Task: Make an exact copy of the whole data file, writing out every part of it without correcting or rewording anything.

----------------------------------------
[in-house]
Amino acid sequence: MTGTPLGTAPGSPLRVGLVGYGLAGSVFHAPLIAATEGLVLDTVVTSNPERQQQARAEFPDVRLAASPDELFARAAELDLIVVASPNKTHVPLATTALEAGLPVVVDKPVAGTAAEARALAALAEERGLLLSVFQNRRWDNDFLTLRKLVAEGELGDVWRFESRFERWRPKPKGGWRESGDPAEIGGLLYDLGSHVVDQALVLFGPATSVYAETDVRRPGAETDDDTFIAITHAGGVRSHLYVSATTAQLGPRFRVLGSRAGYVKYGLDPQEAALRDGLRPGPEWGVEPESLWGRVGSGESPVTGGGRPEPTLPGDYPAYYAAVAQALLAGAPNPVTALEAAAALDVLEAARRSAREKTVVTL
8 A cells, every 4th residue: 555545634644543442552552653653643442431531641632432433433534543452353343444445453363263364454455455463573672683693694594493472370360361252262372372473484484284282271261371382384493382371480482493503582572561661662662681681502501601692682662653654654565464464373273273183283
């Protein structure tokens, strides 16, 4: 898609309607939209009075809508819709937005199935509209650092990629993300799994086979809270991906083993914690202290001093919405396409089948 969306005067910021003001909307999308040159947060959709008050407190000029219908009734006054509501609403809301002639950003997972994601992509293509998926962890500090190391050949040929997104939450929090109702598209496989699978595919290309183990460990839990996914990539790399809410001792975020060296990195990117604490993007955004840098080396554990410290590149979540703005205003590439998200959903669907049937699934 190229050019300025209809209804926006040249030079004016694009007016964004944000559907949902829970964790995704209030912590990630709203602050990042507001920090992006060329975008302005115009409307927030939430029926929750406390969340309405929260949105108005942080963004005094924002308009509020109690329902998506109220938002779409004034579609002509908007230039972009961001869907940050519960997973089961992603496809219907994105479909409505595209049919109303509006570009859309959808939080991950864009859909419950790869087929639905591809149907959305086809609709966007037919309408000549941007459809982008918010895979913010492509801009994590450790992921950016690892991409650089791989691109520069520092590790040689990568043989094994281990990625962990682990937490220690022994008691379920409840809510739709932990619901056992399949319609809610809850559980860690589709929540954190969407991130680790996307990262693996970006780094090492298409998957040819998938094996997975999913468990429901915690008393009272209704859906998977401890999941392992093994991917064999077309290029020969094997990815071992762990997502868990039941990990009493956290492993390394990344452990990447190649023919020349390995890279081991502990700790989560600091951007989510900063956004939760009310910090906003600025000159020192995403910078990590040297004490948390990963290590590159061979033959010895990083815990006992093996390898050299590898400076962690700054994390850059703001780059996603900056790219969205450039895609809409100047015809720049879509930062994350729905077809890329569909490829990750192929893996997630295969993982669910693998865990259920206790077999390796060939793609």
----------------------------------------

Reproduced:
[in-house]
Amino acid sequence: MTGTPLGTAPGSPLRVGLVGYGLAGSVFHAPLIAATEGLVLDTVVTSNPERQQQARAEFPDVRLAASPDELFARAAELDLIVVASPNKTHVPLATTALEAGLPVVVDKPVAGTAAEARALAALAEERGLLLSVFQNRRWDNDFLTLRKLVAEGELGDVWRFESRFERWRPKPKGGWRESGDPAEIGGLLYDLGSHVVDQALVLFGPATSVYAETDVRRPGAETDDDTFIAITHAGGVRSHLYVSATTAQLGPRFRVLGSRAGYVKYGLDPQEAALRDGLRPGPEWGVEPESLWGRVGSGESPVTGGGRPEPTLPGDYPAYYAAVAQALLAGAPNPVTALEAAAALDVLEAARRSAREKTVVTL
8 A cells, every 4th residue: 555545634644543442552552653653643442431531641632432433433534543452353343444445453363263364454455455463573672683693694594493472370360361252262372372473484484284282271261371382384493382371480482493503582572561661662662681681502501601692682662653654654565464464373273273183283
């Protein structure tokens, strides 16, 4: 898609309607939209009075809508819709937005199935509209650092990629993300799994086979809270991906083993914690202290001093919405396409089948 969306005067910021003001909307999308040159947060959709008050407190000029219908009734006054509501609403809301002639950003997972994601992509293509998926962890500090190391050949040929997104939450929090109702598209496989699978595919290309183990460990839990996914990539790399809410001792975020060296990195990117604490993007955004840098080396554990410290590149979540703005205003590439998200959903669907049937699934 190229050019300025209809209804926006040249030079004016694009007016964004944000559907949902829970964790995704209030912590990630709203602050990042507001920090992006060329975008302005115009409307927030939430029926929750406390969340309405929260949105108005942080963004005094924002308009509020109690329902998506109220938002779409004034579609002509908007230039972009961001869907940050519960997973089961992603496809219907994105479909409505595209049919109303509006570009859309959808939080991950864009859909419950790869087929639905591809149907959305086809609709966007037919309408000549941007459809982008918010895979913010492509801009994590450790992921950016690892991409650089791989691109520069520092590790040689990568043989094994281990990625962990682990937490220690022994008691379920409840809510739709932990619901056992399949319609809610809850559980860690589709929540954190969407991130680790996307990262693996970006780094090492298409998957040819998938094996997975999913468990429901915690008393009272209704859906998977401890999941392992093994991917064999077309290029020969094997990815071992762990997502868990039941990990009493956290492993390394990344452990990447190649023919020349390995890279081991502990700790989560600091951007989510900063956004939760009310910090906003600025000159020192995403910078990590040297004490948390990963290590590159061979033959010895990083815990006992093996390898050299590898400076962690700054994390850059703001780059996603900056790219969205450039895609809409100047015809720049879509930062994350729905077809890329569909490829990750192929893996997630295969993982669910693998865990259920206790077999390796060939793609």